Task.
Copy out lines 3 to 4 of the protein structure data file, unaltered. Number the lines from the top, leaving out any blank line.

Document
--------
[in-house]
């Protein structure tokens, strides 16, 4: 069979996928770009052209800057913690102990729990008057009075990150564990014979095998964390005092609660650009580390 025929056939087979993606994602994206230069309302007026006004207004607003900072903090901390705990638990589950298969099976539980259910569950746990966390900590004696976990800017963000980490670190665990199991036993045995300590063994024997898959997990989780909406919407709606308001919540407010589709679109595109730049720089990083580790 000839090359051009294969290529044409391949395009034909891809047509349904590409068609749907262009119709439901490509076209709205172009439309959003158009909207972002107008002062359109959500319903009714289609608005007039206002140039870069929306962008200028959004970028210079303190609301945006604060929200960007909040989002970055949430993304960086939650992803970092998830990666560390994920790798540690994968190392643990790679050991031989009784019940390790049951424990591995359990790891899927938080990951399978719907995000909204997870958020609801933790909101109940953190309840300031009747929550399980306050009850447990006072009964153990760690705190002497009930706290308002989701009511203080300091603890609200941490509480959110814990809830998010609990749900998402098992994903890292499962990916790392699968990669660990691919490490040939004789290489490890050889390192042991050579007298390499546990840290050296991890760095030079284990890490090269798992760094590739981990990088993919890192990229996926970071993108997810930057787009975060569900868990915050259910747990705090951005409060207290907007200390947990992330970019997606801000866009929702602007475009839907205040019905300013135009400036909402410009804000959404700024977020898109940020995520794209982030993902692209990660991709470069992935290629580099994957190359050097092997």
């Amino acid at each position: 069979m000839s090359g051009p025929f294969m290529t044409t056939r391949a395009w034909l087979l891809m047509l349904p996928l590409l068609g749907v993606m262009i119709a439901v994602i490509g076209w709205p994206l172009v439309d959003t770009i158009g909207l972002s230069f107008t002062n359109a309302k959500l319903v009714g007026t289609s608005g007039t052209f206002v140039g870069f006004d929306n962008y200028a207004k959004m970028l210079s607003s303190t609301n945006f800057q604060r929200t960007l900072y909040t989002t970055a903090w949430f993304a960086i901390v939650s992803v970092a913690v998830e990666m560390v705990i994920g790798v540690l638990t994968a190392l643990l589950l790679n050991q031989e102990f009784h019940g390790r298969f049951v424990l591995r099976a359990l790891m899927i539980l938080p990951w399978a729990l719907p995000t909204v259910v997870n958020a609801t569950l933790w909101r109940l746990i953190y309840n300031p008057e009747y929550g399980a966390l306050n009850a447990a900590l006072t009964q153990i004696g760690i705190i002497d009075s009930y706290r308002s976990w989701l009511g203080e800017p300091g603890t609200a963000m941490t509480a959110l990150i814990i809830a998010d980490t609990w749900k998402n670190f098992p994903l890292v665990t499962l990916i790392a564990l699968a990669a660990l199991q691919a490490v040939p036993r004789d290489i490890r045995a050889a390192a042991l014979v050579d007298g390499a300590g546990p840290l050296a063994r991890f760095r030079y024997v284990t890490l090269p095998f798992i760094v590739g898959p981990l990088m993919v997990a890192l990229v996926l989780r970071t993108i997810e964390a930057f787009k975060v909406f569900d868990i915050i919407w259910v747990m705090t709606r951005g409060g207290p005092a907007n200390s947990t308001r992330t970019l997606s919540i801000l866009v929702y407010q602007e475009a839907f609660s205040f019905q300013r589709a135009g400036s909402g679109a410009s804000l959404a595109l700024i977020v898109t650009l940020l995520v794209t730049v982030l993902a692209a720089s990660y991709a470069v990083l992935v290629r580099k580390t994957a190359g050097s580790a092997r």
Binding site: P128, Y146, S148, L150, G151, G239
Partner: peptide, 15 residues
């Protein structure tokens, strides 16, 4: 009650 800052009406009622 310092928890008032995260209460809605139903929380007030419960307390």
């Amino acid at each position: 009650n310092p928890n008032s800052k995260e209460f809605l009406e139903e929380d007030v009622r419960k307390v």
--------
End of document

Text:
């Amino acid at each position: 069979m000839s090359g051009p025929f294969m290529t044409t056939r391949a395009w034909l087979l891809m047509l349904p996928l590409l068609g749907v993606m262009i119709a439901v994602i490509g076209w709205p994206l172009v439309d959003t770009i158009g909207l972002s230069f107008t002062n359109a309302k959500l319903v009714g007026t289609s608005g007039t052209f206002v140039g870069f006004d929306n962008y200028a207004k959004m970028l210079s607003s303190t609301n945006f800057q604060r929200t960007l900072y909040t989002t970055a903090w949430f993304a960086i901390v939650s992803v970092a913690v998830e990666m560390v705990i994920g790798v540690l638990t994968a190392l643990l589950l790679n050991q031989e102990f009784h019940g390790r298969f049951v424990l591995r099976a359990l790891m899927i539980l938080p990951w399978a729990l719907p995000t909204v259910v997870n958020a609801t569950l933790w909101r109940l746990i953190y309840n300031p008057e009747y929550g399980a966390l306050n009850a447990a900590l006072t009964q153990i004696g760690i705190i002497d009075s009930y706290r308002s976990w989701l009511g203080e800017p300091g603890t609200a963000m941490t509480a959110l990150i814990i809830a998010d980490t609990w749900k998402n670190f098992p994903l890292v665990t499962l990916i790392a564990l699968a990669a660990l199991q691919a490490v040939p036993r004789d290489i490890r045995a050889a390192a042991l014979v050579d007298g390499a300590g546990p840290l050296a063994r991890f760095r030079y024997v284990t890490l090269p095998f798992i760094v590739g898959p981990l990088m993919v997990a890192l990229v996926l989780r970071t993108i997810e964390a930057f787009k975060v909406f569900d868990i915050i919407w259910v747990m705090t709606r951005g409060g207290p005092a907007n200390s947990t308001r992330t970019l997606s919540i801000l866009v929702y407010q602007e475009a839907f609660s205040f019905q300013r589709a135009g400036s909402g679109a410009s804000l959404a595109l700024i977020v898109t650009l940020l995520v794209t730049v982030l993902a692209a720089s990660y991709a470069v990083l992935v290629r580099k580390t994957a190359g050097s580790a092997r």
Binding site: P128, Y146, S148, L150, G151, G239